From Shelters to Snowboards: The Life Story of a San Diego Native Told in Upcoming Movie
ENCINITAS – Adversity, redemption, passion and support. These are the pillars that define the life of San Diego native Ryan Hudson.
The professional snowboarder’s journey from roaming to the top of his sport is on display in the upcoming film, “Mountain revelations.âThe film will premiere on October 27 at La Paloma Theater at Encinitas.
âSnowboarding was the first thing that called me to live a better life,â Hudson said in a telephone interview from his home in Salt Lake City. âI decided I wanted to make it a part of my life. The only reason I have a story to tell is snowboarding.
The film follows Hudson and fellow pro-snowboarders Jeremy Jones and Rafael Pease on a 10-day “human-powered” mission to a remote corner of the Chugach Mountain Range in Alaska.
Amidst breathtaking mountainous terrain, they examine how their varied backgrounds have shaped their lives and brought them to snowboarding. Hudson has anything but a typical story.
The 33-year-old African-American athlete has spent much of his training years in the Father Joe Villages of downtown San Diego for homeless families.
âAt first we were a pretty picky family,â said Hudson, the youngest of five siblings. âWe bounced in and out of the shelters. “
After graduating from high school, he moved to housing for homeless young adults and connected with External awareness. The association offers children who otherwise would not have the opportunity to learn to surf, ski, climb, snowboard, hike and cycle.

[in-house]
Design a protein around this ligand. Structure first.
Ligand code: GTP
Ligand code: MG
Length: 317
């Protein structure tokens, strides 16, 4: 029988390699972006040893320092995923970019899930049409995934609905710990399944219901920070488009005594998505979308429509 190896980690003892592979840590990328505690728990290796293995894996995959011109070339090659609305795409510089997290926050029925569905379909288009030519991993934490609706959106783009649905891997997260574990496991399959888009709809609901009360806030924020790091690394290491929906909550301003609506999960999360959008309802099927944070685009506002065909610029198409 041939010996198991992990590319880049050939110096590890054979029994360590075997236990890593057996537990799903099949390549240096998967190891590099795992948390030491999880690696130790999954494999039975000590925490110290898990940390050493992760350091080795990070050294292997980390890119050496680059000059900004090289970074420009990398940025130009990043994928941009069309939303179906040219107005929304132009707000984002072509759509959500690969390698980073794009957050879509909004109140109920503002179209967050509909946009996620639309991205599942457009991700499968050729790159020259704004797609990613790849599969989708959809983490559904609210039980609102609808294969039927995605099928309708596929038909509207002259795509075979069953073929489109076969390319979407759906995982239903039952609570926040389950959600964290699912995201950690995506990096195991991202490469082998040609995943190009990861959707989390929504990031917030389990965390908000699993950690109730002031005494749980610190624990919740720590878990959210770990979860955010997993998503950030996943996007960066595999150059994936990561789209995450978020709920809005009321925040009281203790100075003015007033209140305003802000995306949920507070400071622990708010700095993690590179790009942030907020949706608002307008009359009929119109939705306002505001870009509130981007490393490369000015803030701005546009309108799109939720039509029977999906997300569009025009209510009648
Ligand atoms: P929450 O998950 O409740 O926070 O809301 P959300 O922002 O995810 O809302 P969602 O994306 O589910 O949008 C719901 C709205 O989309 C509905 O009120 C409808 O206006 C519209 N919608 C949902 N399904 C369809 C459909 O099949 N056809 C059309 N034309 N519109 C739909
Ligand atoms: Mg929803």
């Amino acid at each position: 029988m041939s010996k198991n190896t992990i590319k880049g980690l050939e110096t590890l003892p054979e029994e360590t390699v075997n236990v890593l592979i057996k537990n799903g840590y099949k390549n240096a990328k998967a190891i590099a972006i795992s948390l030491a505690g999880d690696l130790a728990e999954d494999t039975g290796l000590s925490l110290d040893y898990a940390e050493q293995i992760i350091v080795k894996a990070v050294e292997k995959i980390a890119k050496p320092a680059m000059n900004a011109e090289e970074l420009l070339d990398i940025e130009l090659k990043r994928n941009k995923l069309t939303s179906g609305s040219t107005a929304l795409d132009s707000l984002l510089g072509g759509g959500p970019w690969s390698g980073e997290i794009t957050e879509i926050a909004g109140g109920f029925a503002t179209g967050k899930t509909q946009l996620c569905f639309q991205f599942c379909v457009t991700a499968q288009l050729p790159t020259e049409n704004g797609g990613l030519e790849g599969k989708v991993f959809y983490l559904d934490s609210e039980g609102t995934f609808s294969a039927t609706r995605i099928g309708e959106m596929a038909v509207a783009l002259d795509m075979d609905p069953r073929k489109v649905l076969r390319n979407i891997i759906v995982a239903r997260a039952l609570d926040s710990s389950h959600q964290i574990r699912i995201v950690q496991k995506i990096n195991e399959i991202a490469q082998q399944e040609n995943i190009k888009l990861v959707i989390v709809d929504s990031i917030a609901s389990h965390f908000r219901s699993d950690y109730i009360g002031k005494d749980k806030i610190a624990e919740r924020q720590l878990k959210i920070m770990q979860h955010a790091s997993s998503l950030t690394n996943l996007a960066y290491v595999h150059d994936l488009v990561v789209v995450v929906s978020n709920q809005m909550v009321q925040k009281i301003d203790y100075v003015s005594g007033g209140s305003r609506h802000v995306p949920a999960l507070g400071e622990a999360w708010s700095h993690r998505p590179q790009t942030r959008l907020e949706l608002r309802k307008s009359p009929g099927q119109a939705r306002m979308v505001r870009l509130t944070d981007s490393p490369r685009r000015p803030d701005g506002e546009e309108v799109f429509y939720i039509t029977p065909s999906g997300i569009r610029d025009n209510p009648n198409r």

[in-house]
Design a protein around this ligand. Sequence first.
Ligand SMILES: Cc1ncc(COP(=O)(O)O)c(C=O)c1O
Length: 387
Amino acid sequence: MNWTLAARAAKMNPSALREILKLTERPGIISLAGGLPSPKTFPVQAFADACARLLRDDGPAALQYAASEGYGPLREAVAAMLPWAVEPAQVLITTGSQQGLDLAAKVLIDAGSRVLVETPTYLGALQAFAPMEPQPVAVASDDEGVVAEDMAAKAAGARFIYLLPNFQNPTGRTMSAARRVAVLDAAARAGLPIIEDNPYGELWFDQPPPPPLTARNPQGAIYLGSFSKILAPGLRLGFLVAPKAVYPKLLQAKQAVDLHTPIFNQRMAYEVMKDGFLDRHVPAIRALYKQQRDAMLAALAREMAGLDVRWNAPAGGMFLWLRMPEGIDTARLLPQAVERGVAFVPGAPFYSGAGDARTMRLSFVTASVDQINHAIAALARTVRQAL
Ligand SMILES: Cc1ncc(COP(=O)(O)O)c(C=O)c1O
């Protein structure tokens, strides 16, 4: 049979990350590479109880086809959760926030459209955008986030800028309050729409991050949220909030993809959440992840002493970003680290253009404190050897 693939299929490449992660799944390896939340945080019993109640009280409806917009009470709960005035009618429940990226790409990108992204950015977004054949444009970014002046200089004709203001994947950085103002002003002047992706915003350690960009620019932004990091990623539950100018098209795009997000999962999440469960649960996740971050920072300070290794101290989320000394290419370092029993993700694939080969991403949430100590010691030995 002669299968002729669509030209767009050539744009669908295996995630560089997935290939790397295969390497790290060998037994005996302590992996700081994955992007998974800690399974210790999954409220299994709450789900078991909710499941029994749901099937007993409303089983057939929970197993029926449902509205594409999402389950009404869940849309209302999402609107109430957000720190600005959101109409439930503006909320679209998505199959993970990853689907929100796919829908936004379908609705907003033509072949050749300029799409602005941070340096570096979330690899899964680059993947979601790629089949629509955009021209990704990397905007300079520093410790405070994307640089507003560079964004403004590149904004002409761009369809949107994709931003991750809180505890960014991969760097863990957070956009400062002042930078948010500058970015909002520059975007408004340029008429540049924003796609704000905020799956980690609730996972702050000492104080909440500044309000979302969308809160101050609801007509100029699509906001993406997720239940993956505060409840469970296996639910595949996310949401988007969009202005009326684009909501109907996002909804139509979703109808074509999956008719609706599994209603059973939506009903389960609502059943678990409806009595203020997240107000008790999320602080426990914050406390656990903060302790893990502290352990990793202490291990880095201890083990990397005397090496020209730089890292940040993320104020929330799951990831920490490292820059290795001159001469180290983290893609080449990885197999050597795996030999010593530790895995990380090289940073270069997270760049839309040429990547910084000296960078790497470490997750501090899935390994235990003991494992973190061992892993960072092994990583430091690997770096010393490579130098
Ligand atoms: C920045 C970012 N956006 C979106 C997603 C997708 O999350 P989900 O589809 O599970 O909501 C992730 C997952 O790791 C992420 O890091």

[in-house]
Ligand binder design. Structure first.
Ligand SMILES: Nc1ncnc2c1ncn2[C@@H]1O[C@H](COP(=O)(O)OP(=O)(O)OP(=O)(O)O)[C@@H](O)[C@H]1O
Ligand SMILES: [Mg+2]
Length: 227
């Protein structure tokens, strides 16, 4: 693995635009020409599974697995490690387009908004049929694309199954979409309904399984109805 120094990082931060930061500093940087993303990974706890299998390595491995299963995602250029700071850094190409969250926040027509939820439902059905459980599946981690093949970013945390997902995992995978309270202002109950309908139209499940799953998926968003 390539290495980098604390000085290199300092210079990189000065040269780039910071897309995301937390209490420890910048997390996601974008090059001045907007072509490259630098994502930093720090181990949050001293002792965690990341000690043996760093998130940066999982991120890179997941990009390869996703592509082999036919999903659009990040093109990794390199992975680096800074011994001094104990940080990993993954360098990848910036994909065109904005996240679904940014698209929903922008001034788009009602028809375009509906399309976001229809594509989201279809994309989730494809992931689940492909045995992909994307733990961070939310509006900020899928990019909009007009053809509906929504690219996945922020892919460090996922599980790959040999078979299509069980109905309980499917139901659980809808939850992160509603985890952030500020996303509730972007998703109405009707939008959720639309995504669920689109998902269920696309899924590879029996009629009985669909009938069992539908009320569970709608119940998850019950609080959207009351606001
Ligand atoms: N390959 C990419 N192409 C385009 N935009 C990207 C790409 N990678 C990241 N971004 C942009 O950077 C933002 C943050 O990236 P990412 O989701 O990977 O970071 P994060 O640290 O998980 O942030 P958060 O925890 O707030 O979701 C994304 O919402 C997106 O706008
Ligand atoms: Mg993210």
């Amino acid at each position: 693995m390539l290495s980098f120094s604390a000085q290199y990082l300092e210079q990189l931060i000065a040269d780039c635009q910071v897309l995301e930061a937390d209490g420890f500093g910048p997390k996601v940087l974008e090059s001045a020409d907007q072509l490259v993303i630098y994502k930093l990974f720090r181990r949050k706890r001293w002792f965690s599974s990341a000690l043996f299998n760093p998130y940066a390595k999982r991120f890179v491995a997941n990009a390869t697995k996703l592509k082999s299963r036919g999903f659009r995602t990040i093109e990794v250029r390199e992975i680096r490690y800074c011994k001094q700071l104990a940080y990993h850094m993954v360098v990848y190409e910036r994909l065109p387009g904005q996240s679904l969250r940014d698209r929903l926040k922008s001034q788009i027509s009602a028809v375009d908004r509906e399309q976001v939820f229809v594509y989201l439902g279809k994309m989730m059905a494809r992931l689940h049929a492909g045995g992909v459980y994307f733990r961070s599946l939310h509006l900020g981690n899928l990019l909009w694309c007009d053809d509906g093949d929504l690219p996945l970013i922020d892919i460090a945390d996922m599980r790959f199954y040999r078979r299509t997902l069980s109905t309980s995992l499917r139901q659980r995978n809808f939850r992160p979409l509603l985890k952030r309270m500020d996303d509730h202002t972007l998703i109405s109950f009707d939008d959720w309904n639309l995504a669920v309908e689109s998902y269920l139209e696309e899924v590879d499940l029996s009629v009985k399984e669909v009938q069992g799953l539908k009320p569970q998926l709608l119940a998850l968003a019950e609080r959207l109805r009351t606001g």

Still, Hudson said, âI didn’t prioritize. I ignored my responsibilities. The program kicked me out so I was alone on the street again. One day I hit rock bottom and realized that I could do so much more with my life. I turned to the manager of Outdoor Outreach and asked him to help me. I realized that I loved the outdoors and snowboarding. He encouraged me to find a job at the Utah ski lodge.
Hudson took the advice.
â(The director) bought me a plane ticket, got me a job, and gave me $ 100 in cash,â Hudson told The Coast News. âOn November 7, 2008, I took off from San Diego. I had just turned 20.
At night, Hudson did the dishes; by day he was on the slopes.
âIt was a great place for me to be on my mind,â Hudson said. âNight shift (meant) I could snowboard during the day. I could dive into the culture.
It was thanks to Jones, an internationally renowned snowboarder and climate activist, that Hudson had the opportunity to be part of âMountain Revelationsâ.
âYou rarely see people of color like me on snowboards,â said Hudson. âThere has been a long history of lack of representation. What we are talking about in the film is the experience I had because of the story of people who don’t accept (people of color).
The filming process with the three snowboarders and the five crew members was arduous, he explained.
âEvery other day we were hiking and rock climbing,â said Hudson. âWe have transported tons of food and tons of equipment. The crew are just as excellent as we are.
The film’s extraordinary cinematography often gives viewers a bird’s eye view of the rugged glacial landscape that overshadows the seemingly fearless trio.
âOverall this trip was one of the best mountain experiences I have ever had,â said Hudson. âThe mountains are so massive and majestic. The emotions I experienced were like a roller coaster. I have experienced a lot of personal internal growth and being with the most amazing mentor (Jones). We come from different worlds butâ¦ we are on top of the same mountain.